Losing stirrups - Page 3 - The Horse Forum

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post #21 of 28 Old 10-14-2010, 08:15 PM
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I would suggest long legs and weight in your heels. It may also be that you're concentrating on loosing your stirrups too much which might be causing you to loose them. Adjust the stirrups to your correct length for flat work (approximately they should come to your ankles) and put your feet in the stirrups and make sure you always have proper weight in your heels.
I find that practicing this outside the saddle works as well. Try standing on the ground with your feet shoulder length apart with some bend in your knees and push your weight in your heels. Now try to post by keeping a straight back and straightening your body up and down. This is what my coach taught me hope it helps! :)
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post #22 of 28 Old 10-16-2010, 12:28 PM
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I had the same problem during my first few lessons. For me, it was caused by pinching with my knees and not putting enough weight on my feet. It's actually a big problem as it signifies that you're not sitting in the tack correctly. My instructor had me stand up in the stirrups to feel the weight and then sit down halfway, then all the way while explaining that the pressure on my feet should not change.
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post #23 of 28 Old 10-16-2010, 01:24 PM
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I have that same problem when I use an english saddle... Apparently it's because I can't keep my heels down properly? I'm so used to riding western I guess I forgot the importance of good balance :P
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post #24 of 28 Old 10-16-2010, 01:54 PM Thread Starter
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Thanks for the replies, I am happy to see that it is a normal problem. After riding since I was young you would think you would have troubles like this. The suggestions have help improve my posting, but it was my doctor that fixed the stirrup problem to an extent. I had to get something for the inflammation in my ankles, he said that riding has probably been irritating the damage that is already there. It just came out more when I started riding english. It makes it easier to consentrate on keeping my weight down, when my ankles haven't give out a quarter of the way through the ride.
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post #25 of 28 Old 10-17-2010, 12:14 AM
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I used to have a similar problem. I kept losing my stirrups and although I could ride perfectly fine without them, I couldn't keep my feet in them!
I think the problem was that my balance was good so I wasn't really using the stirrups. What I finally learned to do, was to put just a little bit of weight from my lower legs in the stirrup which held my foot in place without changing my balance.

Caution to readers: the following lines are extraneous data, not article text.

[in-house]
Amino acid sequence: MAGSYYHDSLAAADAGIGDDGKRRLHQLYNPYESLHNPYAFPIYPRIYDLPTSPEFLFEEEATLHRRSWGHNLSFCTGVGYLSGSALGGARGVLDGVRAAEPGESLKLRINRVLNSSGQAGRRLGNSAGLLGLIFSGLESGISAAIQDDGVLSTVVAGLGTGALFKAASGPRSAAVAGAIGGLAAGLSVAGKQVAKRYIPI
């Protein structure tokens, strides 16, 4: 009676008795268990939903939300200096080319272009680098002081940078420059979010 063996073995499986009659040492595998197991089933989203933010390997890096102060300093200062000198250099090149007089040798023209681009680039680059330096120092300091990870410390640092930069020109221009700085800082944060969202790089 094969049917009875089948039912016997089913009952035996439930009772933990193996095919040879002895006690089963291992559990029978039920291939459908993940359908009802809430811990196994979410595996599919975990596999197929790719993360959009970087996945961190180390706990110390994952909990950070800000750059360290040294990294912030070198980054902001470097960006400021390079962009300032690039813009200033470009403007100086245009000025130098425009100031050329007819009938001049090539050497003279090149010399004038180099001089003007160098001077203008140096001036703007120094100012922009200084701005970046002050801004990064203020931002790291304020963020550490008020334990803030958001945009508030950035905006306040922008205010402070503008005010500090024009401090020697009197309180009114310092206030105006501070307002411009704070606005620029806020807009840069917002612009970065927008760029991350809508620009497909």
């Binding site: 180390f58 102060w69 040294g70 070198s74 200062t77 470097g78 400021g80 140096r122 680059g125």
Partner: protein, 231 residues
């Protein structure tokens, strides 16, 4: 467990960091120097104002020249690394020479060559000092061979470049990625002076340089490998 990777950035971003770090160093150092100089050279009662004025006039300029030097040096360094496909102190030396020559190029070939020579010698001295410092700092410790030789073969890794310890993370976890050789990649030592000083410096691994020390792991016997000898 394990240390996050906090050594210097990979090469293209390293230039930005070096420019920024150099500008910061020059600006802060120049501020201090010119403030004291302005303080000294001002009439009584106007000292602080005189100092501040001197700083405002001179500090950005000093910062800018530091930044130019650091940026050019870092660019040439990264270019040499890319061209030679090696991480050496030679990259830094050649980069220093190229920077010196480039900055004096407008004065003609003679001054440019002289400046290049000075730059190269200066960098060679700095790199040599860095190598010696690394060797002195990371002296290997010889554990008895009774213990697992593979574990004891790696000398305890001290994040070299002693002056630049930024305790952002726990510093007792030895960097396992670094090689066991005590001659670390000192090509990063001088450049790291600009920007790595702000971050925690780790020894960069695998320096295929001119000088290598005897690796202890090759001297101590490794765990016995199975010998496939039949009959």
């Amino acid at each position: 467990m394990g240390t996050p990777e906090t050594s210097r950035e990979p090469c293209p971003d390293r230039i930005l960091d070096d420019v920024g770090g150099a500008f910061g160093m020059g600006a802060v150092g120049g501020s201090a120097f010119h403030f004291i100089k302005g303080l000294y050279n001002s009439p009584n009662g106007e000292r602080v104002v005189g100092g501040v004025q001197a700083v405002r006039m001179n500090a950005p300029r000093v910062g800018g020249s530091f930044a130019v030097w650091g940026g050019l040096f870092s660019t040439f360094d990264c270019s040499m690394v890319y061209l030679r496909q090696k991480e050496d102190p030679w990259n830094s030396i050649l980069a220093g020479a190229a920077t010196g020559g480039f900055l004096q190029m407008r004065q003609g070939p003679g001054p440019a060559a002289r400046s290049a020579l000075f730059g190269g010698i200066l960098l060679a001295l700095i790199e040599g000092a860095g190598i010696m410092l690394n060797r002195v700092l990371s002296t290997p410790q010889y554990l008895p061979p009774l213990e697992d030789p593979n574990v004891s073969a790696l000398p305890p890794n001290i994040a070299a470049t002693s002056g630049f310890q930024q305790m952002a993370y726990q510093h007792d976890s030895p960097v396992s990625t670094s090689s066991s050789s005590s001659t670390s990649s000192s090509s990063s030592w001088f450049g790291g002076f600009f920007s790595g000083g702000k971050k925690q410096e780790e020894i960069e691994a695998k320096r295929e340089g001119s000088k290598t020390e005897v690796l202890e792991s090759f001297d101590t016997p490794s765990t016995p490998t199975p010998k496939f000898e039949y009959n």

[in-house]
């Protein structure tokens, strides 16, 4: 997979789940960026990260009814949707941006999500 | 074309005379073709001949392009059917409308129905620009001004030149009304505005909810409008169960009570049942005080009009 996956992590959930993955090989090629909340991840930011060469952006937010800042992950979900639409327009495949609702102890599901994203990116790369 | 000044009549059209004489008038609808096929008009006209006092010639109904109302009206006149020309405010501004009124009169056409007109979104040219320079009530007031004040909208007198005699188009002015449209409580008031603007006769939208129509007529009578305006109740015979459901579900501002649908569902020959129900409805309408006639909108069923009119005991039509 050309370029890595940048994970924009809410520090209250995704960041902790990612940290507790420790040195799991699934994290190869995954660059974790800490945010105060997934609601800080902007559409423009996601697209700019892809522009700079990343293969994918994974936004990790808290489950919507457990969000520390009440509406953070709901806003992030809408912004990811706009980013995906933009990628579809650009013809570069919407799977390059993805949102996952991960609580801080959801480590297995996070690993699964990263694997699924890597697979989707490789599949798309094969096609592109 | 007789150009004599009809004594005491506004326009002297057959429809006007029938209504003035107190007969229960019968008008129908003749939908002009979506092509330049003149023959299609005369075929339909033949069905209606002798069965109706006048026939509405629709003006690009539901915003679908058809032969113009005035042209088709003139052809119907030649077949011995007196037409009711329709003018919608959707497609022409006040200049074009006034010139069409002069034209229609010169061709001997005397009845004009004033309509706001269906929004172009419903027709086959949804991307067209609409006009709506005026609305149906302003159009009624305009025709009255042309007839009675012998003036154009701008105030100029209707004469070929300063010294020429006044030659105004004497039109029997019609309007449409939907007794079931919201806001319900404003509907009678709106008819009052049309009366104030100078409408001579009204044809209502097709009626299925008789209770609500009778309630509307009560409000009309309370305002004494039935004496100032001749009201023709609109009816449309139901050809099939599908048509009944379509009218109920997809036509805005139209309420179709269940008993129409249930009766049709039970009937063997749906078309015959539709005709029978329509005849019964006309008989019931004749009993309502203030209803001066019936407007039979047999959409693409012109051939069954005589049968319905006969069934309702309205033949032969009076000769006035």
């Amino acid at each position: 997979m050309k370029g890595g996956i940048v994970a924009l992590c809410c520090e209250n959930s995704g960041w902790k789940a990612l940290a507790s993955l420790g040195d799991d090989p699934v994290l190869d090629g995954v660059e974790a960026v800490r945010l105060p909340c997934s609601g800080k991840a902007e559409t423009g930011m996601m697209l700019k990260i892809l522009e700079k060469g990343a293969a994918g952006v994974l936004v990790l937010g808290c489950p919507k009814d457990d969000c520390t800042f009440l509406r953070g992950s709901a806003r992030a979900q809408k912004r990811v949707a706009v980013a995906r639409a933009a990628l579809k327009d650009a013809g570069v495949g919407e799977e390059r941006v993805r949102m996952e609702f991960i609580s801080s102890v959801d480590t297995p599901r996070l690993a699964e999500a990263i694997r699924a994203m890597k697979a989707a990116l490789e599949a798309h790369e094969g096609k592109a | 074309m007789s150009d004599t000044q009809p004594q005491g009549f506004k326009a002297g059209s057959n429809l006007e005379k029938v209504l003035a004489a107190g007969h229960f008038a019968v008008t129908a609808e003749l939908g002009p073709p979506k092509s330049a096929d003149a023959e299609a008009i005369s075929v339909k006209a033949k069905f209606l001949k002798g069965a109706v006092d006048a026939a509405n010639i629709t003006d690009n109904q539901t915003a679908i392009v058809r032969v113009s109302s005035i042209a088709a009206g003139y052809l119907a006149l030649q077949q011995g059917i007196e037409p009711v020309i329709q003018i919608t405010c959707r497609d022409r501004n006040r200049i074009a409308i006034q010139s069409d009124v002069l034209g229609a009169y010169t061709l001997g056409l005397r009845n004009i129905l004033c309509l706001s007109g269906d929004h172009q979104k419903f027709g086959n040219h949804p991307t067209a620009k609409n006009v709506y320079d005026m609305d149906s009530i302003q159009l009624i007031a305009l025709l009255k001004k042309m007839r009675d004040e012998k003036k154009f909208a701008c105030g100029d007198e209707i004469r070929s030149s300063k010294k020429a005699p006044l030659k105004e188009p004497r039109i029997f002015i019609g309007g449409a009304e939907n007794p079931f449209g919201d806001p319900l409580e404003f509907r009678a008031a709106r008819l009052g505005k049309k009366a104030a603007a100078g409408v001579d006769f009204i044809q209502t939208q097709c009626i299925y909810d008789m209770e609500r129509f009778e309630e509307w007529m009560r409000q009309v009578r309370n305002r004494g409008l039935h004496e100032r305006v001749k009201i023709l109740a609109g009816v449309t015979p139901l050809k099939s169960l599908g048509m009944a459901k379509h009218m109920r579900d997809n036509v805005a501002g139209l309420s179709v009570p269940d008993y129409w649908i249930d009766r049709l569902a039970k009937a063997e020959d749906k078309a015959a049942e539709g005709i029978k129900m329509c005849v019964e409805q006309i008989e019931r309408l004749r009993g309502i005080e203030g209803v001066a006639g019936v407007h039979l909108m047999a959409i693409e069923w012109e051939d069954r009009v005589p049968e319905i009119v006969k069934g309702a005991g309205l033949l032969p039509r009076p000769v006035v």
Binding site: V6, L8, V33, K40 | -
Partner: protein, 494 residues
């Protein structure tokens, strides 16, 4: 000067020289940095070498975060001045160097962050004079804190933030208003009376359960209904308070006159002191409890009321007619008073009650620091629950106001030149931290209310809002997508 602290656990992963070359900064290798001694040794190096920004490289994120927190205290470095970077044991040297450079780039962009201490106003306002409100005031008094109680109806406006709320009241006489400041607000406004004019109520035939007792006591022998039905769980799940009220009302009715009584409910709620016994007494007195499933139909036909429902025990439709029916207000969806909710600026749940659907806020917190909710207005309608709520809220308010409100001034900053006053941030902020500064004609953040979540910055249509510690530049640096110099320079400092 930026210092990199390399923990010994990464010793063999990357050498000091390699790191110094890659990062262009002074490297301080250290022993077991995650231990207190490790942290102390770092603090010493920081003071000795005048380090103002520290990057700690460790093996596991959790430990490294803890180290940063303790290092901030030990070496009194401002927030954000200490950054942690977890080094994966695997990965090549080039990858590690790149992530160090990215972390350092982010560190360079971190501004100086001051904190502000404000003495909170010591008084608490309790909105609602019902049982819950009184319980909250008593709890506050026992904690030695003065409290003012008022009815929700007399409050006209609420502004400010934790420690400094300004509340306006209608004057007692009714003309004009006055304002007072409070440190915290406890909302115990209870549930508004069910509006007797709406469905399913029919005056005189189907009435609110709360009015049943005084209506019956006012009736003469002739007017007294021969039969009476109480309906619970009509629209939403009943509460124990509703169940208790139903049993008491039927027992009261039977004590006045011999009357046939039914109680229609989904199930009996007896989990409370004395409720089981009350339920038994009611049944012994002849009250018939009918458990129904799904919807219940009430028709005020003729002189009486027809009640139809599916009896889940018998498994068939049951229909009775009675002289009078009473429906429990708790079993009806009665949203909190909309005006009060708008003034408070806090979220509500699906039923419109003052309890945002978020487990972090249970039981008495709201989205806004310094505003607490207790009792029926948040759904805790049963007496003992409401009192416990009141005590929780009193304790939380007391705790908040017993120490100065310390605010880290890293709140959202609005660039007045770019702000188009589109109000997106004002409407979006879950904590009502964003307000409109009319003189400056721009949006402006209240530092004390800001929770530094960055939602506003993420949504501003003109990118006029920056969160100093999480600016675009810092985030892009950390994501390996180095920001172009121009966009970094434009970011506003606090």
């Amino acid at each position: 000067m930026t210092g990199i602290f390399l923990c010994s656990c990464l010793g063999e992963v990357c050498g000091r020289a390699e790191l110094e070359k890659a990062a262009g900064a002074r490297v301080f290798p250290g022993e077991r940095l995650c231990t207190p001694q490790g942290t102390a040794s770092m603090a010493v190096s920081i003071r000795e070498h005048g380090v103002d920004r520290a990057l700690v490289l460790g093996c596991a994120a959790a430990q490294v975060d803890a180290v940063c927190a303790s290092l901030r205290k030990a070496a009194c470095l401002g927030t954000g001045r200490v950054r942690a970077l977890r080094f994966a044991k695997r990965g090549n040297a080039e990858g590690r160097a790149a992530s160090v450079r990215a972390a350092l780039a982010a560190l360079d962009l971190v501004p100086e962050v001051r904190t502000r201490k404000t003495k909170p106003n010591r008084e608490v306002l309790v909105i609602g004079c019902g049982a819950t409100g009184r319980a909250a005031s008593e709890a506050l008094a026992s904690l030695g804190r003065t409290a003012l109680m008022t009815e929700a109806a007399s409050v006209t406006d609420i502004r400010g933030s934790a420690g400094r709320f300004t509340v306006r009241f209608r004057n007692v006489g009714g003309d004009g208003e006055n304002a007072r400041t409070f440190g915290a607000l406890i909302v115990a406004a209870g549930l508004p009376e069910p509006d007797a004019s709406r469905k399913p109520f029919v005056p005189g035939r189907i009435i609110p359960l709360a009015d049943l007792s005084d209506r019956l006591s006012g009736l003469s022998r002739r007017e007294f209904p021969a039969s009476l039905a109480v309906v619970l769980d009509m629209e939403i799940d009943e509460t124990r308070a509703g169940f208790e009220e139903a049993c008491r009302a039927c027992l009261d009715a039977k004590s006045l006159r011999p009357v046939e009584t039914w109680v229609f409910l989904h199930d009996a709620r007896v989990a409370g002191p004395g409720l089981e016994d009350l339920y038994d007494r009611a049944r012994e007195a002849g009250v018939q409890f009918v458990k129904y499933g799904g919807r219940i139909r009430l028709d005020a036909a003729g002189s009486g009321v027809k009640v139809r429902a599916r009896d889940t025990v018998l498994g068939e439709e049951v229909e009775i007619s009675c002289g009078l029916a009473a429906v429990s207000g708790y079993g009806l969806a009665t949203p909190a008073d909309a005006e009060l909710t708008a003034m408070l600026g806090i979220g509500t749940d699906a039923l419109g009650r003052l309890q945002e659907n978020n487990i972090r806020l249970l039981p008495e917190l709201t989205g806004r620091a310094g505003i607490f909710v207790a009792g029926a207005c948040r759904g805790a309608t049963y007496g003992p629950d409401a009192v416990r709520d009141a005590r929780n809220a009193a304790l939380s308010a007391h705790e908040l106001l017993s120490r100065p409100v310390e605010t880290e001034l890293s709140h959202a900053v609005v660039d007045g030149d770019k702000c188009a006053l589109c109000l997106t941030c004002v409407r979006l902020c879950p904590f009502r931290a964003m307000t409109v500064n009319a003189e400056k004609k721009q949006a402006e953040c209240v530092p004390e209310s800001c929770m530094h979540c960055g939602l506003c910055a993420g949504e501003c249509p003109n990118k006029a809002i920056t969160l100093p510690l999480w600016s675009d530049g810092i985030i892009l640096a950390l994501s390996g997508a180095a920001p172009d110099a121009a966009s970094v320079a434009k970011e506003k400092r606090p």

I'm not an expert though, so I have no idea if this is really what you are supposed to do.
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post #26 of 28 Old 10-19-2010, 12:09 AM
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I know this sounds stupid, but try walking around on some gravel in the boots you ride in..
My boots are so smooth soled that if I walk on any grass, I have to go and rub them in some gravel before I get on or else my feet will slip out of the stirrups hahaha. It's really helpful for grip, but obviously only works if you have leather soled boots, not rubber :P

Eventing, the sport where you strap your medical information to your arm.
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post #27 of 28 Old 10-19-2010, 07:46 PM
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Or, you can wrap the stirrup pad in vet wrap. It is sticky. I used to do that for XC.
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post #28 of 28 Old 10-20-2010, 12:23 AM
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Get to know your stirrups

While you are riding at the walk, you can kind of "pet" your stirrups, one at a time with the rythm of the horse. This sounds really wierd, but it's a way of just the tiniest bit focusing weight down into each stirrup, on the side that is moving forward with the horse's stride. So, at the walk, when the right shoulder moves forward, you press the tiniest bit more into that same side stirrup, then the other, then back and forth. IT's almsot like pedaling a bicylce, or "petting" your stirrups with the sole of your foot.
So, you kind of get to know them a bit.
Then, drop one, pick it up, drop it and pick it up. Reposition them on your feet, at walk and trot. Stand harder on it, then softer. Play with them a little. Get to know them.
Then, when you are cantering, feel for them again "you guys there?", then go back to feeling your butt on the saddle and your weight going down.

Remember, let the horse carry your weight, through those seat bones and downward. Let your weight down, your horse can carry you.
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